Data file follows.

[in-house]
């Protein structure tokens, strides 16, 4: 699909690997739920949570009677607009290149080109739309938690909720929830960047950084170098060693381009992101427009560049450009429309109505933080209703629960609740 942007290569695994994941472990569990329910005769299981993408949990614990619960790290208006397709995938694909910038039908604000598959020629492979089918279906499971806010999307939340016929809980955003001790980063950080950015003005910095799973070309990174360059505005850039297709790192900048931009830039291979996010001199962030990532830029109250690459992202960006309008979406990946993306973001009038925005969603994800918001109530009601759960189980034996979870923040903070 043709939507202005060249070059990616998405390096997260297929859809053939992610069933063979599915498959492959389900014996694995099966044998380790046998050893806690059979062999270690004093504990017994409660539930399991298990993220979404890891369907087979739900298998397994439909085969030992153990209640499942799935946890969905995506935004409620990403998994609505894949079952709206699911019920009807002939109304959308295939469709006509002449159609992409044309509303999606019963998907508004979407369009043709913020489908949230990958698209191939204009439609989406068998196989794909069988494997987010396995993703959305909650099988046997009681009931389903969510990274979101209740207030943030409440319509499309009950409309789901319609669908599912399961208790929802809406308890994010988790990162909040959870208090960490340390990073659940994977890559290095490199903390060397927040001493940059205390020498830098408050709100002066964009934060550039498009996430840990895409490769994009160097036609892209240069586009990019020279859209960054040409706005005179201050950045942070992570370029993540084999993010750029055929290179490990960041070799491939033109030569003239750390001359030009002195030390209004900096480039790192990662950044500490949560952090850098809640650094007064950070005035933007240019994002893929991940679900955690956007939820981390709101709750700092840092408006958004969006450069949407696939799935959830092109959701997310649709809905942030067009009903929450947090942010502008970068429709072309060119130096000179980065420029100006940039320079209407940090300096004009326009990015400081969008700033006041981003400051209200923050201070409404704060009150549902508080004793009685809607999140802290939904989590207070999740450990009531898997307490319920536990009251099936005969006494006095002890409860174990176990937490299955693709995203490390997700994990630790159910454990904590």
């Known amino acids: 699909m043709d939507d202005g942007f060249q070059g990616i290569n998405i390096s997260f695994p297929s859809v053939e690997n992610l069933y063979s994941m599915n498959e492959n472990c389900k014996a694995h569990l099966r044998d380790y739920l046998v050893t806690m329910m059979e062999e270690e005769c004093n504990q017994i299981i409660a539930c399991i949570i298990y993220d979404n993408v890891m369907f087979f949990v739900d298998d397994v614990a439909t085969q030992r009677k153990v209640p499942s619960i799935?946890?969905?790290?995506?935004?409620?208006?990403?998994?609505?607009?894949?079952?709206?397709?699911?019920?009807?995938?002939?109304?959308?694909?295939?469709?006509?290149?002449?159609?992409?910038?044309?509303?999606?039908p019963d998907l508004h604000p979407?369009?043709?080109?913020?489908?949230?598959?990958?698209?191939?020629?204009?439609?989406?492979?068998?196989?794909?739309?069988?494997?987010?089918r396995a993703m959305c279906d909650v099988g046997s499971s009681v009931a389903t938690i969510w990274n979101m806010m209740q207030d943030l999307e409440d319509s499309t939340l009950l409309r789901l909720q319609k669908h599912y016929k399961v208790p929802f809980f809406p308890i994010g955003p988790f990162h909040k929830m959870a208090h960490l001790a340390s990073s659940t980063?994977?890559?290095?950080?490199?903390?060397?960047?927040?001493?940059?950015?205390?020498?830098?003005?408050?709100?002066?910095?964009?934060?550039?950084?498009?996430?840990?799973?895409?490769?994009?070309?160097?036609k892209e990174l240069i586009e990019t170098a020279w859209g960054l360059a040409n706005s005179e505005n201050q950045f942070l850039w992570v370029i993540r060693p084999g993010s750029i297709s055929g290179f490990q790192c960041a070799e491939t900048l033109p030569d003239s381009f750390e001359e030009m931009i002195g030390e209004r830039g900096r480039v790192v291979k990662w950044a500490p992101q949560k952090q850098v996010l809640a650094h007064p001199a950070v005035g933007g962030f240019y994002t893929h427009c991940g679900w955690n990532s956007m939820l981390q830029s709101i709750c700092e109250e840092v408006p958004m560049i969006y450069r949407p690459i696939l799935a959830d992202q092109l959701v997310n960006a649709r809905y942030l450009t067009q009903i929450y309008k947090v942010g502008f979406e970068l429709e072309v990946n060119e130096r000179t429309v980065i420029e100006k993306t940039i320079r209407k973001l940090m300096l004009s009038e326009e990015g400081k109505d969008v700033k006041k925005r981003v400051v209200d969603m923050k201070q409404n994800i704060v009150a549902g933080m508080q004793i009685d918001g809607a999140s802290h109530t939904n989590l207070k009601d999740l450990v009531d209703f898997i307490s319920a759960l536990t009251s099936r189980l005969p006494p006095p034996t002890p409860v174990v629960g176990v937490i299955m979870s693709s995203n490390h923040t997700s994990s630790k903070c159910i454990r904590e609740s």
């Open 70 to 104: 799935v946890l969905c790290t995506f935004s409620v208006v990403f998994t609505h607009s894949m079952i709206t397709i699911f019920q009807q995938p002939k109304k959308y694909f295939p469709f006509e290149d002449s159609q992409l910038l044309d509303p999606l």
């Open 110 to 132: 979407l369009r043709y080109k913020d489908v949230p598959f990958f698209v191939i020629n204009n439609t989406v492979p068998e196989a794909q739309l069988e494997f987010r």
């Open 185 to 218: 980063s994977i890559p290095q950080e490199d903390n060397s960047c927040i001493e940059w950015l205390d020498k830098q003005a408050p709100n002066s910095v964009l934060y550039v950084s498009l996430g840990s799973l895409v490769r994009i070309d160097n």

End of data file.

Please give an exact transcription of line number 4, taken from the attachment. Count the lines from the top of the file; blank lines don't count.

């Open 70 to 104: 799935v946890l969905c790290t995506f935004s409620v208006v990403f998994t609505h607009s894949m079952i709206t397709i699911f019920q009807q995938p002939k109304k959308y694909f295939p469709f006509e290149d002449s159609q992409l910038l044309d509303p999606l």